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As rental housing prices continue to escalate nationwide, particularly in urban centers, low-income people with disabilities are finding it increasingly difficult to find affordable housing.
The Technical Assistance Collaborative and the Consortium for Citizens with Disabilities recently released their 10th annual “Price Out” report, documenting the impacts of housing prices on recipients of Supplemental Security Income, the federal government’s primary income assistance program for low-income people with disabilities.
According to the report, the average national monthly rent for a modest one-bedroom apartment in 2016 was $861. This figure represents 113 percent of the maximum federal monthly SSI payment, which stood at $733 that year and 2017, although it rose to $750 in 2018. In some states, this percentage was dramatically higher, such as in Hawaii (188 percent), Maryland (167 percent), New Jersey (151 percent) and New York (145 percent). For studio apartments, the average monthly rent was $752, or 99 percent of an SSI recipients’ average monthly income.
When calculating rents for Section 8 subsidies, the Department of Housing and Urban Development (HUD) considers families to be cost overburdened when they are spending more than 30 percent of their monthly incomes toward rent.
“This finding confirms that in 2016 it was virtually impossible for a single adult receiving SSI to obtain decent and safe housing in their community without some type of rental assistance,” the report states.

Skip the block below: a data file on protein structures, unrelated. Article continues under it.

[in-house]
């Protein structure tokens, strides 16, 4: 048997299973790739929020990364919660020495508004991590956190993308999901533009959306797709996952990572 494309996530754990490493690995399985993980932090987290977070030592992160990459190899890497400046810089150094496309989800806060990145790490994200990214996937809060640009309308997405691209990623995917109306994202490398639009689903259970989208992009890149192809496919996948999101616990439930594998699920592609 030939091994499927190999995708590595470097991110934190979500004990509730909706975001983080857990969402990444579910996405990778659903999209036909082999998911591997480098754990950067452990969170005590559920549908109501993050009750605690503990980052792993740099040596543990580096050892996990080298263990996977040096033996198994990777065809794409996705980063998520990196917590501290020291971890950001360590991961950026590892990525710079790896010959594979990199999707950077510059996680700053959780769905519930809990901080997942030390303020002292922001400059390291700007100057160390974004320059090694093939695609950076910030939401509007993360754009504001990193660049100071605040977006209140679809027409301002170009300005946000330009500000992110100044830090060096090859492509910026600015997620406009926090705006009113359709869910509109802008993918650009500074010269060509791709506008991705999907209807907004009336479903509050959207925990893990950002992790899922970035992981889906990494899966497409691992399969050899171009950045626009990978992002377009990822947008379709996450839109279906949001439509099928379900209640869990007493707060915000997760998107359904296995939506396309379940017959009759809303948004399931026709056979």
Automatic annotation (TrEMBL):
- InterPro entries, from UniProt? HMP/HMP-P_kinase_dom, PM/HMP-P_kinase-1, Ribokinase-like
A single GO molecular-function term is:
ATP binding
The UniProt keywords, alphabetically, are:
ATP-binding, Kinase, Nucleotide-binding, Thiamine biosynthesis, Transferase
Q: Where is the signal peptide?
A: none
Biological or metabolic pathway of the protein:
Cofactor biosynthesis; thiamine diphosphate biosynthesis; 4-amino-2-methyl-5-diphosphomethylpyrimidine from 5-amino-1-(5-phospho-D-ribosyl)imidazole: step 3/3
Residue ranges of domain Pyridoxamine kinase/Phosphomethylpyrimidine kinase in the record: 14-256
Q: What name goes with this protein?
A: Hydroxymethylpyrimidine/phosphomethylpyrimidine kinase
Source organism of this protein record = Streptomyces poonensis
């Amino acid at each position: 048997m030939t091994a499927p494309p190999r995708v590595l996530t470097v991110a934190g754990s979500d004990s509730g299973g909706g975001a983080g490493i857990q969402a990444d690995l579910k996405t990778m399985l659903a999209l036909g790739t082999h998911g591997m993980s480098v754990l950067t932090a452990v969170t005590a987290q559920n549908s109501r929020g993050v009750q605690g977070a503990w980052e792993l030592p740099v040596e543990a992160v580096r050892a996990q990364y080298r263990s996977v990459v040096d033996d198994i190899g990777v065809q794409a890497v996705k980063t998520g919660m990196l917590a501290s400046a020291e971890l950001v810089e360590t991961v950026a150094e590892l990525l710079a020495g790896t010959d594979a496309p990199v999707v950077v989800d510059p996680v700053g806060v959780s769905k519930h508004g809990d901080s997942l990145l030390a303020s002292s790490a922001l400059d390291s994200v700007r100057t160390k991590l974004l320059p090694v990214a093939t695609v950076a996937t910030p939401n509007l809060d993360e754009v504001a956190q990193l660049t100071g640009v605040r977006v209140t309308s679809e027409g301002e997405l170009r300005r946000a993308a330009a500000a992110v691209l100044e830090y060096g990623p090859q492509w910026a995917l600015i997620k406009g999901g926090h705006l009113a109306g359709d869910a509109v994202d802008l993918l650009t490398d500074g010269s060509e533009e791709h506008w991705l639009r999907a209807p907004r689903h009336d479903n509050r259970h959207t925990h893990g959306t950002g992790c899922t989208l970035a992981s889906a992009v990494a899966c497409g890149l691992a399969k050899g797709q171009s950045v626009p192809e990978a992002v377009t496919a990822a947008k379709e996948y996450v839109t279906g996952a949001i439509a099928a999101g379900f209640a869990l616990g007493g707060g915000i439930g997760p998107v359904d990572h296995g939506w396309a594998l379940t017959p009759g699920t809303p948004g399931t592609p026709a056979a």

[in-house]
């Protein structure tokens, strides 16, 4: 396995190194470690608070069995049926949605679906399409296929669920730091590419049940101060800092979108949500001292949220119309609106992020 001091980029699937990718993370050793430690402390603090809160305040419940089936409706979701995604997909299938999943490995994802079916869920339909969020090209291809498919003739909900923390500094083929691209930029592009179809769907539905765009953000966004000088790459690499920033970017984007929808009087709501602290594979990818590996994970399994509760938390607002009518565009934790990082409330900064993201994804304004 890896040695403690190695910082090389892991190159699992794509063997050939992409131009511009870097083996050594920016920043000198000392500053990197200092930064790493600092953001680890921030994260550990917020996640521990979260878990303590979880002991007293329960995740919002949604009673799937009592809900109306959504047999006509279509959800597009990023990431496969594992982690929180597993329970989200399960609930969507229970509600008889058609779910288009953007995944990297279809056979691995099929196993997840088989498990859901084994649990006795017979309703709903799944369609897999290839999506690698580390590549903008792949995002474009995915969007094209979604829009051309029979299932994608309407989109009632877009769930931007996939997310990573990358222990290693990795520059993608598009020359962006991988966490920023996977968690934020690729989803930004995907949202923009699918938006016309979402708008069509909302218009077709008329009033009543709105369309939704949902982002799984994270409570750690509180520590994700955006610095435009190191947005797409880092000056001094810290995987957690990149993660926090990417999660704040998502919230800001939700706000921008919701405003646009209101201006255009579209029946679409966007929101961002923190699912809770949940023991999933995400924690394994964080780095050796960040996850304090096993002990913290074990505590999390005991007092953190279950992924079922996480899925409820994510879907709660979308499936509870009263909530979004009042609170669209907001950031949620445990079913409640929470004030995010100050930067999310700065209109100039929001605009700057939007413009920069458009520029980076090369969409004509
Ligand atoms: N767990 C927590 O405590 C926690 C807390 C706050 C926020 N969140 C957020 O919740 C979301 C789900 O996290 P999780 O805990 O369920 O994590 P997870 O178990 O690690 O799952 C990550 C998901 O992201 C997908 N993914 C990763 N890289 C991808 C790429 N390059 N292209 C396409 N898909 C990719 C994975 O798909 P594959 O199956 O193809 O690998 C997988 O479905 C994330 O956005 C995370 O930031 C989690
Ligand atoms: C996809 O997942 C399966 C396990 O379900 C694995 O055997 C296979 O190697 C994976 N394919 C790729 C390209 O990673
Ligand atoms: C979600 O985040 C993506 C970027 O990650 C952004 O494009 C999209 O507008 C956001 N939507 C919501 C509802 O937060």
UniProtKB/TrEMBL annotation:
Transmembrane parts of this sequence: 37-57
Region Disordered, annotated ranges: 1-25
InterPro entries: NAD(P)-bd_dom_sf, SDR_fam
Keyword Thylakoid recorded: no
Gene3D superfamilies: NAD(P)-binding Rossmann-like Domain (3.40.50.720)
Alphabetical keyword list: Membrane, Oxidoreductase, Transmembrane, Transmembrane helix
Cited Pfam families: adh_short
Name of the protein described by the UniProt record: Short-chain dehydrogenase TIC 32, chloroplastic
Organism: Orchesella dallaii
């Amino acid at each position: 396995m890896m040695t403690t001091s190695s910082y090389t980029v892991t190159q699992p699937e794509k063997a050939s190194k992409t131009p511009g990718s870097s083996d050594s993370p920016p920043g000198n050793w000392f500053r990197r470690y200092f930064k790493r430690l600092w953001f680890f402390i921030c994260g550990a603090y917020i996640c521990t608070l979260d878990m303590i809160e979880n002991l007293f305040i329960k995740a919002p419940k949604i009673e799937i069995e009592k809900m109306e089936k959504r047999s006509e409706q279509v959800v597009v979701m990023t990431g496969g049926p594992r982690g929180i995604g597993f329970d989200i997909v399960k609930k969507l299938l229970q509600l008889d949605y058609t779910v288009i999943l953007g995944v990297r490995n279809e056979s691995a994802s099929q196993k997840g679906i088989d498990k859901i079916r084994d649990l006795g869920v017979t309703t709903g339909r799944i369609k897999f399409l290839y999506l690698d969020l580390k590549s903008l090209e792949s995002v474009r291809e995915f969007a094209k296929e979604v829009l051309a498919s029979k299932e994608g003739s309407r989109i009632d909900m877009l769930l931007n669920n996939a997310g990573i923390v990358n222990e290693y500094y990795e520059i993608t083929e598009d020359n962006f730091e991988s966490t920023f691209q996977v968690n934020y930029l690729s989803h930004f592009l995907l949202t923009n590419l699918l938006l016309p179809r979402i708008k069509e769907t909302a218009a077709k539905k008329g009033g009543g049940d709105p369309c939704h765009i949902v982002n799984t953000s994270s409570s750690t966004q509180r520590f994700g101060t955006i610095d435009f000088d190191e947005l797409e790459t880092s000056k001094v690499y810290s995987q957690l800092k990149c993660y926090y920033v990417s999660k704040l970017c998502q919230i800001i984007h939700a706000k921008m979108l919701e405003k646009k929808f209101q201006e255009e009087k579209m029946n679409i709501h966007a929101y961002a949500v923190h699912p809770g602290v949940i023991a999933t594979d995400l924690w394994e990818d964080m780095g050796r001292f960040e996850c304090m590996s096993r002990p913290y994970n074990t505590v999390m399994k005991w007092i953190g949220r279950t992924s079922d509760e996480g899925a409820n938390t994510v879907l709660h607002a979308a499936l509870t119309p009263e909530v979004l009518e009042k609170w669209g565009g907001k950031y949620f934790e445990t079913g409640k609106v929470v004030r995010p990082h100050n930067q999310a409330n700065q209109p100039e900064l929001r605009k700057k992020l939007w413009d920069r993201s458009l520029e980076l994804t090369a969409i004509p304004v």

The report provides an extensive list of recommendations for increasing the availability of affordable housing units for SSI recipients, as well as reducing the burdens of high prices. In particular, it calls for expansions of the Section 8 subsidy program, the Section 811 Project Assistance program, and the National Housing Trust Fund. Furthermore, the report calls for more federal homeless prevention relief efforts, particularly after natural disasters, increased Fair Housing Act enforcement and more diversionary programs for incarcerated individuals, among other recommendations.
“This housing affordability crisis deprives hundreds of thousands of people with disabilities of a basic human need: a place of their own to call home,” the report states. “Because of the disparity between SSI income and rental housing costs, non-elderly adults with significant disabilities in our nation are often forced into homelessness or segregated, restrictive, and costly institutional settings such as psychiatric hospitals, adult care homes, nursing homes, or jails.
“People with disabilities who rely on SSI and manage to rent a lower-cost, non-subsidized unit are likely to be living in substandard housing or using virtually all of their income just to pay the rent each month. People in these circumstances are at great risk of homelessness and the exacerbation of chronic health conditions as they face the constant struggle of paying rent while meeting other basic needs such as food, medications, transportation, and clothing.”
To read the full report, click here.